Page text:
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Satellites Uncover 5 Surprising Hotspots for Tree Cover Loss

This post was co-authored with Matt Hansen and Peter Potapov, remote-sensing scientists at the University of Maryland, and David Thau, a senior developer advocate at Google Earth Engine.

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The world’s tropical forests are in trouble, confirm new satellite-based data from the University of Maryland and Google, and released today on Global Forest Watch.

The world lost more than 18 million hectares (45 million acres) of tree cover—an area twice the size of Portugal—in 2014. Tropical countries lost 9.9 million hectares (24.5 million acres) of tree cover—more than half of the total. Tree cover loss measures the removal or death of trees, regardless of the cause and inclusive of all types of tree cover, from a tropical rainforest in Indonesia to a managed tree plantation in Europe. The data does not account for tree cover gain, which is another important dynamic affecting forest landscapes worldwide.


New analysis from GFW has identified new hotspots of accelerating loss in the Mekong River Basin, West Africa, South America’s Gran Chaco region and Madagascar.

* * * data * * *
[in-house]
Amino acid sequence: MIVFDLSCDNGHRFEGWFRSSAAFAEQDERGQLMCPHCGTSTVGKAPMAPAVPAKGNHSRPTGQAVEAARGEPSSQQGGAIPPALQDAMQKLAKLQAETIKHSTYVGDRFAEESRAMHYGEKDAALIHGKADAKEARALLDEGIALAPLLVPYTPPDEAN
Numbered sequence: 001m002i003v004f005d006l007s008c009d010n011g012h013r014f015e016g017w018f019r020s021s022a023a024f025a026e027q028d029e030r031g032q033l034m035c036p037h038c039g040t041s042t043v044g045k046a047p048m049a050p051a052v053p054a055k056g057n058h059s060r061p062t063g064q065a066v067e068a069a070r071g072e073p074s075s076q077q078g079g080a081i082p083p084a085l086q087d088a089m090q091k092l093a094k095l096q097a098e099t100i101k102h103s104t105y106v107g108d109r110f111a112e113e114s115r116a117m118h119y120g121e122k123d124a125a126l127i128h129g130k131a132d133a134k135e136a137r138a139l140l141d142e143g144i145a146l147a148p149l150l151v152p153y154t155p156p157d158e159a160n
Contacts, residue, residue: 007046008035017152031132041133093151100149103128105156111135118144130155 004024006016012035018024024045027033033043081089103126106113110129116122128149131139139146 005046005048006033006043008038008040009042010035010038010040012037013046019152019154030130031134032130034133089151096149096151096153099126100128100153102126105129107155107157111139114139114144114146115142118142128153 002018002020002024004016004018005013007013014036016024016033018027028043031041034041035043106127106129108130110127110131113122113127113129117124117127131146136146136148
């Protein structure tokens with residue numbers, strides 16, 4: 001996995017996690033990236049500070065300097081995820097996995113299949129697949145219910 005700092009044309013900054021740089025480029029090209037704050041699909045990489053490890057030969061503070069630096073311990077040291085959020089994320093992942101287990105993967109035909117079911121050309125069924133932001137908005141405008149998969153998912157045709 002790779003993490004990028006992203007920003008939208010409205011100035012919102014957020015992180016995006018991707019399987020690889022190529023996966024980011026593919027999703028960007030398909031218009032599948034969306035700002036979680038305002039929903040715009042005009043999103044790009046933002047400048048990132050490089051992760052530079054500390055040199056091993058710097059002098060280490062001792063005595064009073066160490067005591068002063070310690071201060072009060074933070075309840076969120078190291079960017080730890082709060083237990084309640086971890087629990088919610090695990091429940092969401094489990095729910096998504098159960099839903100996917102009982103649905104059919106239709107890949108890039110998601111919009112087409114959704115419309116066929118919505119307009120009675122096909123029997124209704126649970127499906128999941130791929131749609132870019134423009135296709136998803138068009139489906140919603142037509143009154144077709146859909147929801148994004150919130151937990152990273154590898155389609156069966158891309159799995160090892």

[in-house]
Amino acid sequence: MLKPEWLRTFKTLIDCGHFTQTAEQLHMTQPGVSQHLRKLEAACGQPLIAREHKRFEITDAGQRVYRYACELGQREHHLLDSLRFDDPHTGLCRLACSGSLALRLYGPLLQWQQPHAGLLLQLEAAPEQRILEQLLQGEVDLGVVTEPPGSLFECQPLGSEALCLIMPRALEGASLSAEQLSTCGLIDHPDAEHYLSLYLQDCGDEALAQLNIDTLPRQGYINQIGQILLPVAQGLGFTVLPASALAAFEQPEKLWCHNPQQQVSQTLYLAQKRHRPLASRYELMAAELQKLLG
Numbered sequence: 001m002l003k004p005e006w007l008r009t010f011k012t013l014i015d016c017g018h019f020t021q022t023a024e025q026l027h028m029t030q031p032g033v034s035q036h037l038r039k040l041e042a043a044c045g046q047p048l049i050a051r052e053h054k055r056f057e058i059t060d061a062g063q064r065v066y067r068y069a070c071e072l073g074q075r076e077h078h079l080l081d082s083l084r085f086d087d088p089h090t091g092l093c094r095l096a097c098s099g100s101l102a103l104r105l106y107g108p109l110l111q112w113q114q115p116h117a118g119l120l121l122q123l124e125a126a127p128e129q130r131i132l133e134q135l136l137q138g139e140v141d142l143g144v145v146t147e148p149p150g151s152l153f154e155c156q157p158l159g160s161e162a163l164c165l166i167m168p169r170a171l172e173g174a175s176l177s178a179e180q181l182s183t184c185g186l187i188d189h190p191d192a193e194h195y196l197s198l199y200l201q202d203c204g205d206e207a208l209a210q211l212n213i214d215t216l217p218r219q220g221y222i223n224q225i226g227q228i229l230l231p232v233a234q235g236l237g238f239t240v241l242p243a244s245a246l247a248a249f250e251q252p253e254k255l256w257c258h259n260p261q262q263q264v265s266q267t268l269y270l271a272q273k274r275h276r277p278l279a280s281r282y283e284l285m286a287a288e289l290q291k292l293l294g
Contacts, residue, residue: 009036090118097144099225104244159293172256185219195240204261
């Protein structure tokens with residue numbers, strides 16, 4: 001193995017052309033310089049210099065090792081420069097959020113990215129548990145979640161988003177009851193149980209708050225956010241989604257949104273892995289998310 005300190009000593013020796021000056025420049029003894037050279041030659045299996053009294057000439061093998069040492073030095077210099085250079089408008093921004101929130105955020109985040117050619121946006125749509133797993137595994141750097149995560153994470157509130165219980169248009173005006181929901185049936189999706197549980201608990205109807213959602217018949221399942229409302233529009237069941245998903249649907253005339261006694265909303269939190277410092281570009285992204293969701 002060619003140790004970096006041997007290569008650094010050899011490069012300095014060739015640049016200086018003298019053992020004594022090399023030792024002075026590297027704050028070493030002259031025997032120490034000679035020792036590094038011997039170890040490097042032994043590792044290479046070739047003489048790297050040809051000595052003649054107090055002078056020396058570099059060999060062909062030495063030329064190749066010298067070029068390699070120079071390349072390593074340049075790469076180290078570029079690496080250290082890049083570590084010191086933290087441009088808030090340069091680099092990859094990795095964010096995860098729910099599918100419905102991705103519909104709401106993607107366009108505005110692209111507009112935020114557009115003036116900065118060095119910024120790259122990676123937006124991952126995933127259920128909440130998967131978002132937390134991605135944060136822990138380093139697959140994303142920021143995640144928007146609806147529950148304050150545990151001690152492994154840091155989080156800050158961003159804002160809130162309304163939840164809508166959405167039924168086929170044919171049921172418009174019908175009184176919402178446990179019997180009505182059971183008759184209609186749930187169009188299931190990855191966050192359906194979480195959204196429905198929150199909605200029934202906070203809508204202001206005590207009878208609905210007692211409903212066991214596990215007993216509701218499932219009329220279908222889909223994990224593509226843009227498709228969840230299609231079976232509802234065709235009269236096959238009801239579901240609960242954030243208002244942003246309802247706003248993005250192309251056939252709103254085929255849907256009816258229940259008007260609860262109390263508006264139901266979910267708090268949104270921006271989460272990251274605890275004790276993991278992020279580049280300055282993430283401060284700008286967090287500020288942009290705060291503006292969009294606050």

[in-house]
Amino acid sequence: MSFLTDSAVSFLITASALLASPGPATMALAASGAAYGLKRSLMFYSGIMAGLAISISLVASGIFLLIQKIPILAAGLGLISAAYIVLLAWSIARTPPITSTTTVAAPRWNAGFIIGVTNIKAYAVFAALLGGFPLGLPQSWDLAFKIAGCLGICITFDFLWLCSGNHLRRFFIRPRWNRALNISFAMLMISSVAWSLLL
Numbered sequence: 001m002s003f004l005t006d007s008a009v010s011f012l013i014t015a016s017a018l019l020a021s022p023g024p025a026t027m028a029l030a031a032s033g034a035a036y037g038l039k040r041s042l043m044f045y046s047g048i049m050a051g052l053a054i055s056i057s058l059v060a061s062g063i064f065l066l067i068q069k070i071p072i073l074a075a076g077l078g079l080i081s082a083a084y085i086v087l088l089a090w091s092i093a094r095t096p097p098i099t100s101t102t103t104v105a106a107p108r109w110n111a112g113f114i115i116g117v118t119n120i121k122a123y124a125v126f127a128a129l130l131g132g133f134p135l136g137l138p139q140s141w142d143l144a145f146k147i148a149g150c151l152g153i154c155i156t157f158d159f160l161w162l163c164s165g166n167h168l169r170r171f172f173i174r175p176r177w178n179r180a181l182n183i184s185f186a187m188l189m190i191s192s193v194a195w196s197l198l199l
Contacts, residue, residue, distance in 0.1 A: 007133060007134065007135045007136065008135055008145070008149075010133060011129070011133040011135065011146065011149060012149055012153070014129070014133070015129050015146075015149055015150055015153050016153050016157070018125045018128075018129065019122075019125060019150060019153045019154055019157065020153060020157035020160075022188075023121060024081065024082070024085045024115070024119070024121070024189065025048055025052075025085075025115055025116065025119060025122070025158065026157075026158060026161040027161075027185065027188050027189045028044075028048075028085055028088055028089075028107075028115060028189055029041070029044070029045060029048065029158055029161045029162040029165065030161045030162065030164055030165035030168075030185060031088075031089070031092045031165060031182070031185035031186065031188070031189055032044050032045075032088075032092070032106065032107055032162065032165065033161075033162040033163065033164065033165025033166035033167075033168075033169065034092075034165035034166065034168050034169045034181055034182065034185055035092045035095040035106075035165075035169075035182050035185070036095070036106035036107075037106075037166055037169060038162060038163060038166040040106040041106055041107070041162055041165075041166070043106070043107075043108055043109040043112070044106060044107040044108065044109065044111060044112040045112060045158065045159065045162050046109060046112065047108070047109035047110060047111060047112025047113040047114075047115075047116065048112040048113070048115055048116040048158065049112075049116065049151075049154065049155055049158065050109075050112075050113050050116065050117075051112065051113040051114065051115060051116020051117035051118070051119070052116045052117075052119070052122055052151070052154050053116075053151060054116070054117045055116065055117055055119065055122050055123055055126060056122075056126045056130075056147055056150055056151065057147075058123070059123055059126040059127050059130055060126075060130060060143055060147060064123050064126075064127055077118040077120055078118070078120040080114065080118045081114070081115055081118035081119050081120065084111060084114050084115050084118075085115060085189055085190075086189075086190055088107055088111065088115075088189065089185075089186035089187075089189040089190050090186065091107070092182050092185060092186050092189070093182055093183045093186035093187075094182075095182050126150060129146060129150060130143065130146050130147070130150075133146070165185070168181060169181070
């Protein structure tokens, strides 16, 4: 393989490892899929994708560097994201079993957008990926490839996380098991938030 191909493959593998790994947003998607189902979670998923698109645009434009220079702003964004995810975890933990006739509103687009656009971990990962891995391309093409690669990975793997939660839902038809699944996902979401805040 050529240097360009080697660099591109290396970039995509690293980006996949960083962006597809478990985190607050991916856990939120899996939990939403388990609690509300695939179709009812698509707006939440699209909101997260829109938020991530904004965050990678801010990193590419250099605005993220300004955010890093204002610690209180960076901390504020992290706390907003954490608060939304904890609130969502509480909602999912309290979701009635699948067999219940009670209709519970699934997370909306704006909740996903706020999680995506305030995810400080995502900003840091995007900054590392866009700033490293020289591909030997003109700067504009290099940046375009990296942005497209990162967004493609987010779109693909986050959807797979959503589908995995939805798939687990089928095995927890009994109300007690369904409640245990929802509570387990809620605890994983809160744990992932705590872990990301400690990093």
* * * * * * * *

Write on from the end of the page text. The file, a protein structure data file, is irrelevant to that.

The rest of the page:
The increasing pace of tree cover loss in the tropics is of great concern, and a deeper investigation can reveal insights for tackling the drivers of deforestation.

Here’s a look at five major hotspots for tree cover loss in 2014:


Note: We use a 3-year moving average in our charts to smooth out uncertainty in the year-to-year data.
Read more here.


Tropical Tree Cover Loss Extends Far Beyond Brazil and Indonesia

Tropical countries alone lost nearly 10 million hectares (25 million acres) of tree cover in 2014, an area about the size of South Korea. And tree cover loss in the tropics is accelerating.

Those following tropical deforestation tend to focus on two countries, Brazil and Indonesia—and for good reason, as the two countries contain some of the world’s most extensive tropical forests. However, Brazil has reduced deforestation in the Amazon by 70 percent over the last decade, and is widely considered a success story in forest conservation. Indonesia recently extended a moratorium to prevent future licensing of forest clearing in some of the country’s richest forests.

In 2014, however, we see an uptick in tree cover loss in both countries. Observers have suggested that Brazil’s increase could be due to changes in commodity prices and legislation. In Indonesia, the latest data is disappointing following the drop in tree cover loss in 2013, but loss remains well below the rates seen in 2012. See our blog exploring the findings from the 2014 data in Brazil and Indonesia here.